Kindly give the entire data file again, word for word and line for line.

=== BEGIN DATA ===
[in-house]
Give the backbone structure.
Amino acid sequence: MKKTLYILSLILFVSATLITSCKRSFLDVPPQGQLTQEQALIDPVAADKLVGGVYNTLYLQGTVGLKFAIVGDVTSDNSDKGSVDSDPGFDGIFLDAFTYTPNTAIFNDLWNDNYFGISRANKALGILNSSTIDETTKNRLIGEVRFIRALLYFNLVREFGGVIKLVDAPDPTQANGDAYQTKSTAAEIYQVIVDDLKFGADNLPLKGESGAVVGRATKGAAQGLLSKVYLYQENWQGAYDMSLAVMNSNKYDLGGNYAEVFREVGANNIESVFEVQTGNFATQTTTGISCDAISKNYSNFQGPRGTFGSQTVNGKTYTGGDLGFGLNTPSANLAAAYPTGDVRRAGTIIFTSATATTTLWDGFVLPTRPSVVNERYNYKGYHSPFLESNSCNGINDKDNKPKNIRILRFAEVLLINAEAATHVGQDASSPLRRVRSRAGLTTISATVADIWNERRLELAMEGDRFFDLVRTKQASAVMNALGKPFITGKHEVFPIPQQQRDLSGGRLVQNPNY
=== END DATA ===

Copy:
[in-house]
Give the backbone structure.
Amino acid sequence: MKKTLYILSLILFVSATLITSCKRSFLDVPPQGQLTQEQALIDPVAADKLVGGVYNTLYLQGTVGLKFAIVGDVTSDNSDKGSVDSDPGFDGIFLDAFTYTPNTAIFNDLWNDNYFGISRANKALGILNSSTIDETTKNRLIGEVRFIRALLYFNLVREFGGVIKLVDAPDPTQANGDAYQTKSTAAEIYQVIVDDLKFGADNLPLKGESGAVVGRATKGAAQGLLSKVYLYQENWQGAYDMSLAVMNSNKYDLGGNYAEVFREVGANNIESVFEVQTGNFATQTTTGISCDAISKNYSNFQGPRGTFGSQTVNGKTYTGGDLGFGLNTPSANLAAAYPTGDVRRAGTIIFTSATATTTLWDGFVLPTRPSVVNERYNYKGYHSPFLESNSCNGINDKDNKPKNIRILRFAEVLLINAEAATHVGQDASSPLRRVRSRAGLTTISATVADIWNERRLELAMEGDRFFDLVRTKQASAVMNALGKPFITGKHEVFPIPQQQRDLSGGRLVQNPNY